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(R)ape men
Something tells me that PROMISING YOUNG WOMAN is not on Supreme Court Judge Brett Kavanaugh’s ‘must see’ list. It’s a career highlight from actress Carey Mulligan as she attempts to serve justice to potential and bona fide sexual predators. Camus is impressed.
  “Often in these movies it’s a daughter or sister that people – mostly men – are avenging. But in my experience, some of the closest relationships are female friendships. And if you grew up with somebody, and you’ve been best friends since you were four, it can be the most important relation- ship of your life. But if you lose them, there’s no word for it.”
  Writer/Director Emerald Fennell, interview Sight and Sound May 2021


I am in no way trying to establish woke or feminist credentials with the following memory (and having said that, I’m aware that denying something in 2021 is tantamount to assuring people of the very opposite. How did we get there?). I had a friend in the 80s who invited me to a party. It was at a private location hosted by my friend’s company. It was a given that the guests at the party were expected to consume herculean amounts of alcohol. This party also featured a stripper, a woman who was hired to completely disrobe for the rowdy pleasure of men. I remember feeling so uneasy, I ducked out early. I didn’t and still don’t understand why a group of men have to behave with a Neanderthal mind-set. I’m not talking about what was or wasn’t acceptable forty years ago. I’m asking a question. What pitiable insecurity nestles at the heart of the over-promotion of masculine virility? Do these men actually have fun behaving like this? And why are some reduced to sexist imbeciles in the company of other men? Testosterone and alcohol can only be responsible for so much. From where does this mind-set originate?

Promising Young Woman

Promising Young Woman is the story a thirty-year old ex-medical student still grieving the loss of her best friend after she took her own life after having been raped in front of a group of men. In memory of her friend Nina, Cassie chooses to subsume her own life to promote an elaborate ritual of revenge on all men who would easily take advantage of a woman in a vulnerable state. Cassie’s name, short for Cassandra, evokes the Greek goddess who was granted the gift of prophecy but cursed never to be believed. That fits. The clichéd male stud has a little black book containing phone numbers of conquests. Cassie’s is pale blue and full of Christian names, men she’s shamed into temporary compliance. Acting significantly intoxicated in bars and nightclubs, Cassie is invariably targeted, and in the ruse of ‘taking her home’ she ends up in the bedroom of a total stranger who thinks that a near comatose woman is ripe for sexual exploitation. It’s only when the panties are halfway down her legs does Cassie sit up and with no trace of intoxication simply asks her attacker “What are you doing?” It’s a wonderfully brutal question to a man who’s been caught with her pants down. Cassie is playing a very dangerous game but the filmmakers sell the idea that being reported as a potential rapist is far scarier to the man than the threat of violence is to Cassie. If she films her attacker (wisely, she does not) then she is increasing the odds of violence if only in the act of him snatching and destroying her phone. She stays in control and in the aftermath of the evening’s encounter, she walks barefoot back home and, to a DeathbyRomy cover version of ‘It’s Raining Men’, she encounters three construction working hardhats playing the wolf whistling, erection-miming morons that have become beyond an old chestnut. They have no idea Cassie is adept at ‘whoah’ fare and she stands defiant, bean burger ketchup running down her arm and literally stares them out. “Can’t you take a joke?” bleats one of the morons. You feel the contemptuous reply coming off the dominant animal in this encounter like a potent pheromone.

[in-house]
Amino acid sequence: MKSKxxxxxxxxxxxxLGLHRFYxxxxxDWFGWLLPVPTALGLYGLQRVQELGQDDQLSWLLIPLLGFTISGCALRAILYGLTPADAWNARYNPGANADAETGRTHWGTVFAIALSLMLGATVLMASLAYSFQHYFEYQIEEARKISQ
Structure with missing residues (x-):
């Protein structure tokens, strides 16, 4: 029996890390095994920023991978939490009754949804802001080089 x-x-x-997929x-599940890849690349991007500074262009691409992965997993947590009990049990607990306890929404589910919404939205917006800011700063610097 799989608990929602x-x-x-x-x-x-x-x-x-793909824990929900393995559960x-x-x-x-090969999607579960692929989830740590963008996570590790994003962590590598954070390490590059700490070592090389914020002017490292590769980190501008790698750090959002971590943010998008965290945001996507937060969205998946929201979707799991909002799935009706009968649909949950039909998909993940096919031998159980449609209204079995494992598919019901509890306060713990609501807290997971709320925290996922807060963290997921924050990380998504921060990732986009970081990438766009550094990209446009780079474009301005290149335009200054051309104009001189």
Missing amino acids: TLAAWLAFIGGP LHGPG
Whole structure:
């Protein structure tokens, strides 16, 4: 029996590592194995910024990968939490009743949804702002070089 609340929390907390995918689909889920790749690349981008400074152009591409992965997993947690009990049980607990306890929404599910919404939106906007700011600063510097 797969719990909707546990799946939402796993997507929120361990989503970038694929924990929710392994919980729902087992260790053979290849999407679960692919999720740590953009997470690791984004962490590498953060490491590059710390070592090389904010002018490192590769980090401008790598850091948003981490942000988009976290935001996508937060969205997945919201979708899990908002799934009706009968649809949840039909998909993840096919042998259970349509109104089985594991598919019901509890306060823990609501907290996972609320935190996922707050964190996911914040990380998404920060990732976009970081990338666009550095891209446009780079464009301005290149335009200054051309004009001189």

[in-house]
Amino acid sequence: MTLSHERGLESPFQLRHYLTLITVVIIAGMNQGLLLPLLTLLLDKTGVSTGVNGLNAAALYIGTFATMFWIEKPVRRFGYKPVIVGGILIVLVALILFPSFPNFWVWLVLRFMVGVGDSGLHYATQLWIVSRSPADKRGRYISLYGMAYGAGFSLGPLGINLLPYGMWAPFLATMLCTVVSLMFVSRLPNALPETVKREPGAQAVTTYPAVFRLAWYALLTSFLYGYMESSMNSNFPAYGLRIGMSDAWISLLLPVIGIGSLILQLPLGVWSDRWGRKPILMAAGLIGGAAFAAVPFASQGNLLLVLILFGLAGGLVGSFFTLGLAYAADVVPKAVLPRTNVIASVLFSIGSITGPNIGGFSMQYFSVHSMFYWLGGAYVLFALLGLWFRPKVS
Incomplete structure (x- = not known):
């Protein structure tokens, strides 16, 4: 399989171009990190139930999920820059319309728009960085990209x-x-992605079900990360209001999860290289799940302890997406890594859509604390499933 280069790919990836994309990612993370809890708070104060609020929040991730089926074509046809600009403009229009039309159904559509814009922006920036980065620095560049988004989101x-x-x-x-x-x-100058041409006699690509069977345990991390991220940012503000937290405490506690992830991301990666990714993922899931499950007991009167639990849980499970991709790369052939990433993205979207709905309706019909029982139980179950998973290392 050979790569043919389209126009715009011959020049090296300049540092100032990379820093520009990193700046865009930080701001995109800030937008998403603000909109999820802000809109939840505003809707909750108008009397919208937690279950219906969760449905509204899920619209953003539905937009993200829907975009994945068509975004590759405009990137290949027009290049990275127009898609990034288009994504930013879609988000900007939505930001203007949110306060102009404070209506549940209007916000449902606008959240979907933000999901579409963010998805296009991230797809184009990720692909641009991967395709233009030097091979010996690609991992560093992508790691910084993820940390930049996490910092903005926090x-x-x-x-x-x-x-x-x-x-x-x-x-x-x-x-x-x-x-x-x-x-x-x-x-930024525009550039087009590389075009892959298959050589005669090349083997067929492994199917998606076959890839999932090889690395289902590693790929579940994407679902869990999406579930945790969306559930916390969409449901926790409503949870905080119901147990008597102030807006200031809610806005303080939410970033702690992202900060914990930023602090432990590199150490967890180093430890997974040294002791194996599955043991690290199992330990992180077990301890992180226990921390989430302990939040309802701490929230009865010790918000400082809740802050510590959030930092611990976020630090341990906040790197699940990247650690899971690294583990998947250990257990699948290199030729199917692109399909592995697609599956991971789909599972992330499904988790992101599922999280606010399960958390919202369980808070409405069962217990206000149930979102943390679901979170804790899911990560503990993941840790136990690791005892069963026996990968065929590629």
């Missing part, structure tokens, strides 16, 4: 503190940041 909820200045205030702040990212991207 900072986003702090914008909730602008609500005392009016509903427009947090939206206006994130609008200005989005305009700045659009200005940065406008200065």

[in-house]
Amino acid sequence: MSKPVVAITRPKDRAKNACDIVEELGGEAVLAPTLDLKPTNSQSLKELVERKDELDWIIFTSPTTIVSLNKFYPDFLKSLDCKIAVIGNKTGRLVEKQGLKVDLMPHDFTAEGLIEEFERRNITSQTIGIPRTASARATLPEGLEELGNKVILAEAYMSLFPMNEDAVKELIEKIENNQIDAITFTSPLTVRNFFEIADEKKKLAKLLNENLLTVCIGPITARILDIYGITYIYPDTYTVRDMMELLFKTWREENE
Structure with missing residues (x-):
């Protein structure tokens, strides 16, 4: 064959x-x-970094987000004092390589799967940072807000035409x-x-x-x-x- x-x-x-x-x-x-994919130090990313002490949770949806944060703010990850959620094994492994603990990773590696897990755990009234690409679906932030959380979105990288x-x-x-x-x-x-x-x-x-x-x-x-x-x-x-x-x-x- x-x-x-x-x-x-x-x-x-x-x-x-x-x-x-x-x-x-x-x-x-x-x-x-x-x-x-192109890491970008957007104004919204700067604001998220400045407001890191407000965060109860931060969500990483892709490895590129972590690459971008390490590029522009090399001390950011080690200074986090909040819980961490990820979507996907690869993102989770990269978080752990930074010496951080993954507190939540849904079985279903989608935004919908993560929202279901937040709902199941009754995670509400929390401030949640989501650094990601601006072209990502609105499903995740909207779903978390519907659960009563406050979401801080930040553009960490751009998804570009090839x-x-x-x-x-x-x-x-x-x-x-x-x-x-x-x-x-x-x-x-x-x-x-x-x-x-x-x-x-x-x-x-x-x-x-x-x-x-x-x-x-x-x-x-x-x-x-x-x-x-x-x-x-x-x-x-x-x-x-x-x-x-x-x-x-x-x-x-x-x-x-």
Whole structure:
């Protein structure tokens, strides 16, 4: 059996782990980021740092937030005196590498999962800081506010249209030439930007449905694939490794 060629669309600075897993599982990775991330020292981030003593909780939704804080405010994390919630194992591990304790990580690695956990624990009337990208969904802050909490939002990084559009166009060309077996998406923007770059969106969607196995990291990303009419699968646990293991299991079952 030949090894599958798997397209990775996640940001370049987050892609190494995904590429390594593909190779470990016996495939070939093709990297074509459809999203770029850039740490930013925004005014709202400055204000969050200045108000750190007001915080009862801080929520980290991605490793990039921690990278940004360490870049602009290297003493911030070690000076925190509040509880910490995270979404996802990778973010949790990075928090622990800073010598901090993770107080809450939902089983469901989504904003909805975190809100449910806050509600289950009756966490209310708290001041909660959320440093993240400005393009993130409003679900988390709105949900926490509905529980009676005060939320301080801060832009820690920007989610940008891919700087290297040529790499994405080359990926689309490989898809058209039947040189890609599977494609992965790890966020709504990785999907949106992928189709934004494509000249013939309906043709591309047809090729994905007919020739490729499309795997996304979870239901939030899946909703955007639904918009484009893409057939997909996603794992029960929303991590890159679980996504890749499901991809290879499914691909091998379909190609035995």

But Cassie’s staged encounters with a random selection of opportunistic predators, while shallowly satisfying the revenge-lust inside of her, is merely the treading water of a grander plan. Complicit in the dismissal of her friend’s claims of rape and worse, dismissive of the heartbreak of her suicide, the fish are lining up for the frying pan. Cassie devises cruel but logical ways to exact some sort of penance for those that simply did not care about Nina. The biggest fish, Al Murray, a popular fellow medical student (and the name of a famous UK comedian which I hope is a coincidence) stays beyond Cassie’s reach. Poised to abort her mission after talking to Nina’s mother, she is given video evidence of the original attack and sees something that kick starts and energises her desire for revenge… Cassie is genuinely loved in the film but the only reflection of that support that is returned to her parents and her lover is that of a splintered heart. There’s a brief moment when we are led to believe that love might actually heal that painful condition but Cassie’s story needs a resolution. Nina’s champion is on a path compelled to balance the books.